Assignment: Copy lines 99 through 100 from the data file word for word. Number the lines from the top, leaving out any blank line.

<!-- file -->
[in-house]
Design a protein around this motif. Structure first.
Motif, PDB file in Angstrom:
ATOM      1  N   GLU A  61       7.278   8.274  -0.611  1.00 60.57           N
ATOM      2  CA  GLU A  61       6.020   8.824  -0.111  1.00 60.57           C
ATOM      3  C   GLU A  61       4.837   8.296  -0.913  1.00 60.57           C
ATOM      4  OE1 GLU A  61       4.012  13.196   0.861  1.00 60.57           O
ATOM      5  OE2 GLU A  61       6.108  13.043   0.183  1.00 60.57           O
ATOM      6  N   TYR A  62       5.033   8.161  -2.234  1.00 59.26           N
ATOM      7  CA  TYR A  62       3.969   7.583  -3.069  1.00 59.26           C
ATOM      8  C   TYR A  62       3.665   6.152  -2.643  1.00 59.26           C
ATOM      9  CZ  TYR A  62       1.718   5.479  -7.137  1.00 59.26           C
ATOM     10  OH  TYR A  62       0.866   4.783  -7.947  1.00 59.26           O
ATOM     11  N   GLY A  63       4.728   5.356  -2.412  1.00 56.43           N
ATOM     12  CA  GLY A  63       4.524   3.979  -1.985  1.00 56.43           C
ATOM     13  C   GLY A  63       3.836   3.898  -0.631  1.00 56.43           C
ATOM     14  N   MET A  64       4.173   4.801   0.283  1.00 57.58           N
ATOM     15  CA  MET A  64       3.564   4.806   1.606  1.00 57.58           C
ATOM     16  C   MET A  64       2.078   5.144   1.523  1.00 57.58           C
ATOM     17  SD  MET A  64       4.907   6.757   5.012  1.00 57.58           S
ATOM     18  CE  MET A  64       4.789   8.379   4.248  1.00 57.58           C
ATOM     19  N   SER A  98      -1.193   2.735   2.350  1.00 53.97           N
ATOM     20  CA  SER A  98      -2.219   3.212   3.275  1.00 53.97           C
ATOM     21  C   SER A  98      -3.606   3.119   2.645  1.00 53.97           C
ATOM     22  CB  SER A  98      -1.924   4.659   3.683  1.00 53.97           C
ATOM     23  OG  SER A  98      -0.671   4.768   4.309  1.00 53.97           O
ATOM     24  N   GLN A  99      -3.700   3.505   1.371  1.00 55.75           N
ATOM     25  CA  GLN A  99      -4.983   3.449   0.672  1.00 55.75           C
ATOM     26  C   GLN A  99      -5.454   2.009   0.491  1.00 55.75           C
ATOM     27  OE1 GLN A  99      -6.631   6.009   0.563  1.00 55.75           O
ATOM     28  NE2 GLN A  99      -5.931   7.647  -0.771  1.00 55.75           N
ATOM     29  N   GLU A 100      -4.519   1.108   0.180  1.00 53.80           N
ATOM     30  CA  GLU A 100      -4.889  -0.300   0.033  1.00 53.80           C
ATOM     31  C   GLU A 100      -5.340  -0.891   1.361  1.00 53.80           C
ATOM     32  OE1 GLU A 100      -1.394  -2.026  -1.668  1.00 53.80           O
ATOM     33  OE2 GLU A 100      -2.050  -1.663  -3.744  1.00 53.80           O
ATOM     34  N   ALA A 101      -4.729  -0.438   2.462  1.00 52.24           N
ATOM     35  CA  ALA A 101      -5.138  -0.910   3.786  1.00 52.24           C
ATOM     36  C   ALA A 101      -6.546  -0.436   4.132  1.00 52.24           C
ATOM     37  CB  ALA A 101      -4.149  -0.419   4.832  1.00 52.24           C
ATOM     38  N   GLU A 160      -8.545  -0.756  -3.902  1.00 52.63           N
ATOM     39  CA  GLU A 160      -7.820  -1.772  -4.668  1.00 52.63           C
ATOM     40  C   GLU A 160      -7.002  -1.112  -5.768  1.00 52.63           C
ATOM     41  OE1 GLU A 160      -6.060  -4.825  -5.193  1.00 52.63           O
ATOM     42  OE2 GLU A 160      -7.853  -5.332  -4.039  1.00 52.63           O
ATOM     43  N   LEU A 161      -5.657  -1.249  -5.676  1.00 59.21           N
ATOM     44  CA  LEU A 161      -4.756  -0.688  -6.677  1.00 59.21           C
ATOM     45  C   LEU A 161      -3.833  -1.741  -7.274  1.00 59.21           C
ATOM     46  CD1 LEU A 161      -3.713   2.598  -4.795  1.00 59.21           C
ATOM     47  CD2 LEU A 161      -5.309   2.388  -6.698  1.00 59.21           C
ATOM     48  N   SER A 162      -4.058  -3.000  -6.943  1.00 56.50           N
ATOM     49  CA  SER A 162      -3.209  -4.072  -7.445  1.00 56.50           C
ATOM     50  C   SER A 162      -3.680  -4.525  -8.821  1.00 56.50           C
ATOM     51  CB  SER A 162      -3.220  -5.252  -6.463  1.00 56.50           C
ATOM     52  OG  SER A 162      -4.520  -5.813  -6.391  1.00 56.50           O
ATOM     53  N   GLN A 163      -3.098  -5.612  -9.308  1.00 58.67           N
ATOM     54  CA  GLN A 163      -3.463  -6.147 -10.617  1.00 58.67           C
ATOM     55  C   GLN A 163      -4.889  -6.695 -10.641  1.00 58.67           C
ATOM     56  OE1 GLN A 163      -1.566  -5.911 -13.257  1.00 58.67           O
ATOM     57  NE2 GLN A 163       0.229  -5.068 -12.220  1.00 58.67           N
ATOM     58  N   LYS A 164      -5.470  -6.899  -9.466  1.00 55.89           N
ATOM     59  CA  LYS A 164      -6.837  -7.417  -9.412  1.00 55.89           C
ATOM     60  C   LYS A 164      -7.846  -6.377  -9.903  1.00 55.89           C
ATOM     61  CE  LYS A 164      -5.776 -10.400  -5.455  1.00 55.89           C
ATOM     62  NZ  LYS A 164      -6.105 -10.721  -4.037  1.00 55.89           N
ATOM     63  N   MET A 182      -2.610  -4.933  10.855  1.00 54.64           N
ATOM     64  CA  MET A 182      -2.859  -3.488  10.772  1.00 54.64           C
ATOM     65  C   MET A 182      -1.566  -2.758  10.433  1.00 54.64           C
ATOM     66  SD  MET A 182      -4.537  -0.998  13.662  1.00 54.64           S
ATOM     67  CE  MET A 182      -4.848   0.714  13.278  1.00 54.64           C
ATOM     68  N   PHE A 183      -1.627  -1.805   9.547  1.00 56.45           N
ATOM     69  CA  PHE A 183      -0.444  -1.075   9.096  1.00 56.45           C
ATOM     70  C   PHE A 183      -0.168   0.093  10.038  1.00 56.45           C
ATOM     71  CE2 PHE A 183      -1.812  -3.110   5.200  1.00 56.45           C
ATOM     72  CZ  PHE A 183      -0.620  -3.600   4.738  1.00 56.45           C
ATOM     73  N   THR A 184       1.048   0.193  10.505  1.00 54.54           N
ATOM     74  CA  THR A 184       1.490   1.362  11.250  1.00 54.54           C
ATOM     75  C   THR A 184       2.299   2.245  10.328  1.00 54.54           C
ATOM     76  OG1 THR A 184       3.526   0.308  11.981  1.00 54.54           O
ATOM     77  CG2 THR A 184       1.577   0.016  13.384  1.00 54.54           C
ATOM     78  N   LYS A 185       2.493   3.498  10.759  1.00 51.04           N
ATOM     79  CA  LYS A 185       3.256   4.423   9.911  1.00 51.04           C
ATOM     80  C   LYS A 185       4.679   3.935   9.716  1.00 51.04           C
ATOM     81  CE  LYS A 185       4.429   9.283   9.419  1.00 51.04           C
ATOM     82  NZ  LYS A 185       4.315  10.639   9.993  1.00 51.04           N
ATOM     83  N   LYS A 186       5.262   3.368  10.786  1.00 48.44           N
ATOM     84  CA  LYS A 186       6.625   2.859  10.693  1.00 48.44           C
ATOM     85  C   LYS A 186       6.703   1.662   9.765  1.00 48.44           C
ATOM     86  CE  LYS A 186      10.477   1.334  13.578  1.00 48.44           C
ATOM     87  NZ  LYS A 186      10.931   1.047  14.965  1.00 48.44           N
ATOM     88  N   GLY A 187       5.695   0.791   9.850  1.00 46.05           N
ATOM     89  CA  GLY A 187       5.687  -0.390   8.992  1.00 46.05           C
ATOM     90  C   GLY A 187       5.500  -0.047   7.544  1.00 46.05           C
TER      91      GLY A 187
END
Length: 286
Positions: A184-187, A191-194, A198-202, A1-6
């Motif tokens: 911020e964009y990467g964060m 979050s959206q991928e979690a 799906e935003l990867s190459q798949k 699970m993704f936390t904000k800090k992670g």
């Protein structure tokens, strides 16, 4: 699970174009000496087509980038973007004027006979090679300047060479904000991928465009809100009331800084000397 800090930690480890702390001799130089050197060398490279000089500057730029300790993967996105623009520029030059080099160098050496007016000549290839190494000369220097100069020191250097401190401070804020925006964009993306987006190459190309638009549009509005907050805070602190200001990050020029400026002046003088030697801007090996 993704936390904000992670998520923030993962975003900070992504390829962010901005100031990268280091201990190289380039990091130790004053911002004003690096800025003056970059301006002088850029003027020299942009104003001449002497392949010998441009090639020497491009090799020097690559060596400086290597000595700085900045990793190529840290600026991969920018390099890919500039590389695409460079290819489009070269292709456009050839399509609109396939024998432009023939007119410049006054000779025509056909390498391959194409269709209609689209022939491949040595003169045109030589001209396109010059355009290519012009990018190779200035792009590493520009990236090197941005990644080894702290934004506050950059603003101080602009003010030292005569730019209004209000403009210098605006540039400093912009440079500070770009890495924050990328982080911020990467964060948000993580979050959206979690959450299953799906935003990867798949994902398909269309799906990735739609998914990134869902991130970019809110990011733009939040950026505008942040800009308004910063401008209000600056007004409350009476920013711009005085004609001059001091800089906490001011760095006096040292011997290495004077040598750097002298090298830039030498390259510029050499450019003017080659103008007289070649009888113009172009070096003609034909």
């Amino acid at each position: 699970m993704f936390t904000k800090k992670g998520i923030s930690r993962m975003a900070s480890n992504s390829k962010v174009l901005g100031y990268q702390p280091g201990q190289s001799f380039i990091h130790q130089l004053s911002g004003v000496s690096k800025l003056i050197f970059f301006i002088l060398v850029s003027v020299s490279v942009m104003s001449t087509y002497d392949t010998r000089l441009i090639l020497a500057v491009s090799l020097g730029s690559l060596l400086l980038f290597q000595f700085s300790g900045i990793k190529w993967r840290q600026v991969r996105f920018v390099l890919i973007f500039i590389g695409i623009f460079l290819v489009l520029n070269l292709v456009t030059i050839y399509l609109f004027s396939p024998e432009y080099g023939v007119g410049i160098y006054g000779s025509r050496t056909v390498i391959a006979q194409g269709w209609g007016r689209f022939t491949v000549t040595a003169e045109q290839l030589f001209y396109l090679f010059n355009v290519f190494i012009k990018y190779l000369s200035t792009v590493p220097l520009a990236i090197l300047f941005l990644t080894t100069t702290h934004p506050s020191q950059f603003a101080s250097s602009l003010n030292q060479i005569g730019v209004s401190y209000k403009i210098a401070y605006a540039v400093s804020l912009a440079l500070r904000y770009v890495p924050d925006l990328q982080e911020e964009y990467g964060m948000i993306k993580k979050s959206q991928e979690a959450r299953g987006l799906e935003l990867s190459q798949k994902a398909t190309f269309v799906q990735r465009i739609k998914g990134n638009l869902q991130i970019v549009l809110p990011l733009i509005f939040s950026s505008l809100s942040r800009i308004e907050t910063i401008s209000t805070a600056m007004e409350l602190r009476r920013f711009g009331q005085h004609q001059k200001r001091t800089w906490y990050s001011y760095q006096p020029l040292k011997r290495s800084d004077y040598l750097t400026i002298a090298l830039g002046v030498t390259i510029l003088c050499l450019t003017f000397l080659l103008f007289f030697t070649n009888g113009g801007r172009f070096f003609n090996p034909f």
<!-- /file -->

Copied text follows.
């Protein structure tokens, strides 16, 4: 699970174009000496087509980038973007004027006979090679300047060479904000991928465009809100009331800084000397 800090930690480890702390001799130089050197060398490279000089500057730029300790993967996105623009520029030059080099160098050496007016000549290839190494000369220097100069020191250097401190401070804020925006964009993306987006190459190309638009549009509005907050805070602190200001990050020029400026002046003088030697801007090996 993704936390904000992670998520923030993962975003900070992504390829962010901005100031990268280091201990190289380039990091130790004053911002004003690096800025003056970059301006002088850029003027020299942009104003001449002497392949010998441009090639020497491009090799020097690559060596400086290597000595700085900045990793190529840290600026991969920018390099890919500039590389695409460079290819489009070269292709456009050839399509609109396939024998432009023939007119410049006054000779025509056909390498391959194409269709209609689209022939491949040595003169045109030589001209396109010059355009290519012009990018190779200035792009590493520009990236090197941005990644080894702290934004506050950059603003101080602009003010030292005569730019209004209000403009210098605006540039400093912009440079500070770009890495924050990328982080911020990467964060948000993580979050959206979690959450299953799906935003990867798949994902398909269309799906990735739609998914990134869902991130970019809110990011733009939040950026505008942040800009308004910063401008209000600056007004409350009476920013711009005085004609001059001091800089906490001011760095006096040292011997290495004077040598750097002298090298830039030498390259510029050499450019003017080659103008007289070649009888113009172009070096003609034909």
């Amino acid at each position: 699970m993704f936390t904000k800090k992670g998520i923030s930690r993962m975003a900070s480890n992504s390829k962010v174009l901005g100031y990268q702390p280091g201990q190289s001799f380039i990091h130790q130089l004053s911002g004003v000496s690096k800025l003056i050197f970059f301006i002088l060398v850029s003027v020299s490279v942009m104003s001449t087509y002497d392949t010998r000089l441009i090639l020497a500057v491009s090799l020097g730029s690559l060596l400086l980038f290597q000595f700085s300790g900045i990793k190529w993967r840290q600026v991969r996105f920018v390099l890919i973007f500039i590389g695409i623009f460079l290819v489009l520029n070269l292709v456009t030059i050839y399509l609109f004027s396939p024998e432009y080099g023939v007119g410049i160098y006054g000779s025509r050496t056909v390498i391959a006979q194409g269709w209609g007016r689209f022939t491949v000549t040595a003169e045109q290839l030589f001209y396109l090679f010059n355009v290519f190494i012009k990018y190779l000369s200035t792009v590493p220097l520009a990236i090197l300047f941005l990644t080894t100069t702290h934004p506050s020191q950059f603003a101080s250097s602009l003010n030292q060479i005569g730019v209004s401190y209000k403009i210098a401070y605006a540039v400093s804020l912009a440079l500070r904000y770009v890495p924050d925006l990328q982080e911020e964009y990467g964060m948000i993306k993580k979050s959206q991928e979690a959450r299953g987006l799906e935003l990867s190459q798949k994902a398909t190309f269309v799906q990735r465009i739609k998914g990134n638009l869902q991130i970019v549009l809110p990011l733009i509005f939040s950026s505008l809100s942040r800009i308004e907050t910063i401008s209000t805070a600056m007004e409350l602190r009476r920013f711009g009331q005085h004609q001059k200001r001091t800089w906490y990050s001011y760095q006096p020029l040292k011997r290495s800084d004077y040598l750097t400026i002298a090298l830039g002046v030498t390259i510029l003088c050499l450019t003017f000397l080659l103008f007289f030697t070649n009888g113009g801007r172009f070096f003609n090996p034909f």